I let out a slow tired sigh as I sat down to type this blog piece. There's another one! I ask myself why it is that there are journalists so ready to spread hate about M.E.. I don't understand it. One of the comments made me sit back and wonder though; M.E. is today's AIDS. Can that be true? I remember the hide-under-the-table attitude that went with AIDS. Is that how people feel about M.E.? I haven't noticed it being that bad.
This article is written by another delightful journalist, by the name of Damian Idiot Thompson. In it he makes a few claims, namely that the militant wing of people with M.E. are attacking Max Pemberton, that M.E. and eating disorders are related, and that a colleague of his diagnosed with M.E. obviously doesn't have M.E. because he is actually ill ... nice! Rather oddly though, most of the article just seems to be telling the world that social media enables like minded people to work together. I thought we knew that. Maybe he's a bit behind everyone else.
So, my take on his article, apart from thinking he's a first class moron who just wrote it to make a quick buck without actually doing any research, is that he hasn't even bothered to read Max Pemberton's article, which supposedly inspired his. He seems to be saying that he's defending Max because of this huge number of people who are attacking him, mentioning how Max's home security has been threatened. In fact, Max's article itself mentions his home security in reference to his previous article. Max also tells us that it was only about 200 people worldwide that were attacking him.
Personally, I've never ever read of any overlap between eating disorders and people who suffer from M.E.. BUT, everything overlaps everything doesn't it. There's a huge overlap in the number of people who keep pet rats, and also have M.E., but I'm not going to suggest that rats cause M.E.. There's an overlap in people who drive cars and people who wear bobbly hats, but that doesn't mean the two are related either.
He starts off by saying:
"The article you’re about to read will almost certainly be referred to the Press Complaints Commission. I’ll explain why later."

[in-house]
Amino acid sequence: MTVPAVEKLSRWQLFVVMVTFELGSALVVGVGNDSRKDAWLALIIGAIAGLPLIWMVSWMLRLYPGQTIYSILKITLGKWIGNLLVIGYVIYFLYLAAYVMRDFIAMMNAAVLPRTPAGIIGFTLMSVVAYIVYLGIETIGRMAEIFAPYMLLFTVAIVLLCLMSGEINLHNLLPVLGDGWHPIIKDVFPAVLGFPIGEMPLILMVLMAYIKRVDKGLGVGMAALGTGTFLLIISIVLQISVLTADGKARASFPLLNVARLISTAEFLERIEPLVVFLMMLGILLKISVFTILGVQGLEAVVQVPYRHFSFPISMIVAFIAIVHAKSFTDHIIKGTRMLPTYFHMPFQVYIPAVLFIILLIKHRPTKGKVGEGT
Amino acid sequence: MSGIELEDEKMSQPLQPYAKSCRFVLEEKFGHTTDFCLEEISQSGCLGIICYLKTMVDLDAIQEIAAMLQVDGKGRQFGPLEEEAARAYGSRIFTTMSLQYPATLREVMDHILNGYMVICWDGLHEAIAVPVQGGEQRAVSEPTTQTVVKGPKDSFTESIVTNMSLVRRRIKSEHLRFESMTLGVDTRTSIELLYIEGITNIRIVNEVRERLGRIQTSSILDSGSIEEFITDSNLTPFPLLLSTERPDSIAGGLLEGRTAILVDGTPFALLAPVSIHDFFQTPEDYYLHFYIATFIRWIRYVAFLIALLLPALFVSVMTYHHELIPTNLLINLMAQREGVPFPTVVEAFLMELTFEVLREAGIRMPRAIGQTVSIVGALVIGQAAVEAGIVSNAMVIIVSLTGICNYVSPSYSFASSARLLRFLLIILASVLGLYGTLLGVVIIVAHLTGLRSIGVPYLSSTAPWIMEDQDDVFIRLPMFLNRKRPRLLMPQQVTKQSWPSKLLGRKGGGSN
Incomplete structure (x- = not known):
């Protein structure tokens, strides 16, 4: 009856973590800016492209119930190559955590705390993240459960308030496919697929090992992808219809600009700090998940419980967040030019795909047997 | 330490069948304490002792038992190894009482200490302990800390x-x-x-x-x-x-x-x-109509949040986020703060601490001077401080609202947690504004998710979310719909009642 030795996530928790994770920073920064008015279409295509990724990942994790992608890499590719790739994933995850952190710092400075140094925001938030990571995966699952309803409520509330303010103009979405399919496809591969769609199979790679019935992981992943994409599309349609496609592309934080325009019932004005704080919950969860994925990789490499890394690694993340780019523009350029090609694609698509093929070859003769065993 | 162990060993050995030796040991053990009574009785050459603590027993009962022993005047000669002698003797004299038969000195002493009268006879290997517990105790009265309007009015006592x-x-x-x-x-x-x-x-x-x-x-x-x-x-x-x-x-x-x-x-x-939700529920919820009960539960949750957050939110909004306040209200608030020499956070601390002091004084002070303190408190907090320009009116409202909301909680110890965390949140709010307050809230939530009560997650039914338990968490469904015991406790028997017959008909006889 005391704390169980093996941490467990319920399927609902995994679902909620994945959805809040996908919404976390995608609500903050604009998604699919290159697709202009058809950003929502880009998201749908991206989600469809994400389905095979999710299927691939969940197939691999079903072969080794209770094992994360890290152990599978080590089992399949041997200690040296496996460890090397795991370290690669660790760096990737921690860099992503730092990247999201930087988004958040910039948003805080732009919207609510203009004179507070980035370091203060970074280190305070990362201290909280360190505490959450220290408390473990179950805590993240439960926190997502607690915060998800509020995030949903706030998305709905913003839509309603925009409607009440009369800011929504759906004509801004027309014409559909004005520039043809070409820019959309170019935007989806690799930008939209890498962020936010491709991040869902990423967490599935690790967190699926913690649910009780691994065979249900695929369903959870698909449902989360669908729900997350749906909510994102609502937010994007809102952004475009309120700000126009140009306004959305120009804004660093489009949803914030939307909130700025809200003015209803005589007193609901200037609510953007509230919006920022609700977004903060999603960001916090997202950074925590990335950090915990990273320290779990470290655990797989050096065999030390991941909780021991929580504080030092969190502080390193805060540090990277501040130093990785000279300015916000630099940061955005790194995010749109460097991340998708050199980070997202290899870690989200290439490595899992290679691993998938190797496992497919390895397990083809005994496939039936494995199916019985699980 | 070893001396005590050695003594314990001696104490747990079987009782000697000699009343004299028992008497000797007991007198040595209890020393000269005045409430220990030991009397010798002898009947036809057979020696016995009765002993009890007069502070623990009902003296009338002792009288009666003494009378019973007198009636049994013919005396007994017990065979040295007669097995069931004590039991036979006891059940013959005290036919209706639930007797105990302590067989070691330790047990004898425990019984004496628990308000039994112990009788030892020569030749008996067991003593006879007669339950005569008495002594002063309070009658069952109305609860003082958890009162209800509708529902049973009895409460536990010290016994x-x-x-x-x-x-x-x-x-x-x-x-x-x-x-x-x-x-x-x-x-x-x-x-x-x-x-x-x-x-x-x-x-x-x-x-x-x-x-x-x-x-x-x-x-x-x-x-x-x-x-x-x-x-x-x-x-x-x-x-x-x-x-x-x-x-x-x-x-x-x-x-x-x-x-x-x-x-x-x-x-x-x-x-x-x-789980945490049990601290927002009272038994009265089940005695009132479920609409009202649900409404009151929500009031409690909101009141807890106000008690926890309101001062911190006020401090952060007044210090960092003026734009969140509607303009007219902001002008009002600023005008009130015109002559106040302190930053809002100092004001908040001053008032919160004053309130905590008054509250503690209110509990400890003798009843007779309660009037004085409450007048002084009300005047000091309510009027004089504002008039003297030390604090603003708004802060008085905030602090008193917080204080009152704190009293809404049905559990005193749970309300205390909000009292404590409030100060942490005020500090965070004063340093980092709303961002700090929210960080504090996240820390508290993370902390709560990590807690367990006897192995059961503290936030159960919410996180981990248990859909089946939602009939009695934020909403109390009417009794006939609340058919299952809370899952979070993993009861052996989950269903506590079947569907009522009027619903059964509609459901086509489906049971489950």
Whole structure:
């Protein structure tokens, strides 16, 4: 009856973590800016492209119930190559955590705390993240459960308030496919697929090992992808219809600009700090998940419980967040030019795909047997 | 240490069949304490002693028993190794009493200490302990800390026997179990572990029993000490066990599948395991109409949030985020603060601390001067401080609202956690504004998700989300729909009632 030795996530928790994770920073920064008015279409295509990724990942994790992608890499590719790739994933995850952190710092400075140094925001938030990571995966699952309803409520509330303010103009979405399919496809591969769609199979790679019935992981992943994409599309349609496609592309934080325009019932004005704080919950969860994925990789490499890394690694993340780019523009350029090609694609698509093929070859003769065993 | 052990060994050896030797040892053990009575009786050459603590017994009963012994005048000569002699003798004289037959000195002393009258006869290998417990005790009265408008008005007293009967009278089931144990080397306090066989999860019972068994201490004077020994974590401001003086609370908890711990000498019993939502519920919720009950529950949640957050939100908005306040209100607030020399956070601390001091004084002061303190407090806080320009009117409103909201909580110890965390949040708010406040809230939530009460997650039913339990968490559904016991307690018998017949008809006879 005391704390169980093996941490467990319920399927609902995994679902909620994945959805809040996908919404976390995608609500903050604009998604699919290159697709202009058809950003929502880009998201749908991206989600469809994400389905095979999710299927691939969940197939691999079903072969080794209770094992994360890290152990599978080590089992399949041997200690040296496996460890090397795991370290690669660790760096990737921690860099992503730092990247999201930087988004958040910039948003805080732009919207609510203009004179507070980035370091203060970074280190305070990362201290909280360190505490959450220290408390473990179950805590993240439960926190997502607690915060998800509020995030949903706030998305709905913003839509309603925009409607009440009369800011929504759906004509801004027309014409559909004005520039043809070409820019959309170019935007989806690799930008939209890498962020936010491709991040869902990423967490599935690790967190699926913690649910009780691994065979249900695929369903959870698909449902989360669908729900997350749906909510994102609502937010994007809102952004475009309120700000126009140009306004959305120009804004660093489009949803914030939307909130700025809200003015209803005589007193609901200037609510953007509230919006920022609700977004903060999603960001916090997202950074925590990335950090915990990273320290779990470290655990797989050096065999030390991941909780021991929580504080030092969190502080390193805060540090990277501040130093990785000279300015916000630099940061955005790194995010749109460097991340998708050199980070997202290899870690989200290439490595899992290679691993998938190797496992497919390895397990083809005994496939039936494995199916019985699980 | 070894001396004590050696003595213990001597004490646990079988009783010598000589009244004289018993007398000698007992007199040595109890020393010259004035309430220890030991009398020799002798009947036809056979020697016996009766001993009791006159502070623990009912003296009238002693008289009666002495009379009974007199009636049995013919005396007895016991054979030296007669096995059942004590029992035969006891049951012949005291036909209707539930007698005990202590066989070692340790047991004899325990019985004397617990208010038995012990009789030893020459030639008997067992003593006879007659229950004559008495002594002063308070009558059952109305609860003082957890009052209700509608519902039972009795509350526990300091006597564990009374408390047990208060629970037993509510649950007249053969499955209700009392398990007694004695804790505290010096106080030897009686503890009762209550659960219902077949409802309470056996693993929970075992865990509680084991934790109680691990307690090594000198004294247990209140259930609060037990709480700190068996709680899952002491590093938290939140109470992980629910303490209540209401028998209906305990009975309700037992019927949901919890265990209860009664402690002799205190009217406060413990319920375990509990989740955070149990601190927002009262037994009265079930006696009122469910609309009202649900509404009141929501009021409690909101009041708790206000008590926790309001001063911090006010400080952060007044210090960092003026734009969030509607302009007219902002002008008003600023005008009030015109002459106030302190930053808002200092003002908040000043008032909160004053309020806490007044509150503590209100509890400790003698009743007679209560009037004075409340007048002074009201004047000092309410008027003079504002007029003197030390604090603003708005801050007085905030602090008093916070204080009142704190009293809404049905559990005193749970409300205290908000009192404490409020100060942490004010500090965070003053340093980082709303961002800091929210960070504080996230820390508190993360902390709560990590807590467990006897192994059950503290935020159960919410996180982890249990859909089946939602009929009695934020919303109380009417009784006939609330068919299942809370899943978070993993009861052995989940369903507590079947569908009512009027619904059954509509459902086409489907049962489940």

I'll be surprised if it does to be honest, as it's such a naff article. It kind of sounds like he wants it to be though. Just to show how badly the article is written, he doesn't actually go on to "explain why later" in the article either.
So why am I writing about it? Because I am overwhelmed by the response it has received. For once I have actually been able to log in to the site and post comments. My first comment was in reply to his claiming that journalists won't approach the subject anymore; I pointed out that Sonia Poulton does, and linked to her fantastic article. My comment was removed. Presumably linking to other journalists is a no no.
There are a few ignorant trolls who are deliberately stirring up trouble, but I'd like to share some of the comments with you, with permission of course (I am still awaiting permission for some of them).
Carly Maryhew said:
I'd like to clarify a couple things. There's a common question regarding ME patients commenting on articles like this one: "If you're so fatigued, why are you posting so much?" Most of us are not particularly fatigued, though we have ME, of which fatigue might be a symptom.
There are two debilitating symptoms which might be interpreted as fatigue. The first is Post-Exertional Malaise, which basically means getting very sick for days or weeks after a normal or even very minor amount of exertion. Typing takes very little muscular effort, and any but the most severe cases can handle some of this.
The other symptom is Orthostatic Intolerance. This means we can't handle being upright very well, as our blood pressure will eventually do very funny things that can cause fainting or general inability to think and function. This is easy to diagnose and usually treatable, but that doesn't happen in the UK (or most other places) due to general ignorance. Orthostatic Intolerance can keep people with only mild or moderate PEM from working at jobs where little exertion is required, such as doing data entry in an office.
Orthostatic Intolerance keeps me housebound, and on two horrible occasions, bedbound. It does not prevent me from typing, and in fact I'm more clear headed when bedbound because I can't even try to sit up for hours at a time. Lying down does make typing uncomfortable, however, so I don't do much of it when bedbound. And as long as I don't go crazy and try to play computer games or write a novel, and take breaks, I can type a decent amount before my muscles have had enough.
My hope is to get my Orthostatic Intolerance treated so I can be somewhat functional again. Then maybe I can think clearly most of the day, not need to lay down every couple hours, and even slowly shuffle around the grocery store again.
Another point: this disease ceases to be invisible if we push ourselves hard enough. But we work VERY hard to avoid getting to that point, because it invariably results in Post-Exertional Malaise or even long-term worsening of our ME symptoms. When I've been upright and/or walking too much, some of my leg muscles cease to function - I can still walk, but it becomes extremely jerky and awkward. If I keep pushing, more muscles wear out temporarily, and my leg or legs cease to function as needed. It's an extremely disturbing sensation to be trying to lift your leg and for it not respond at all.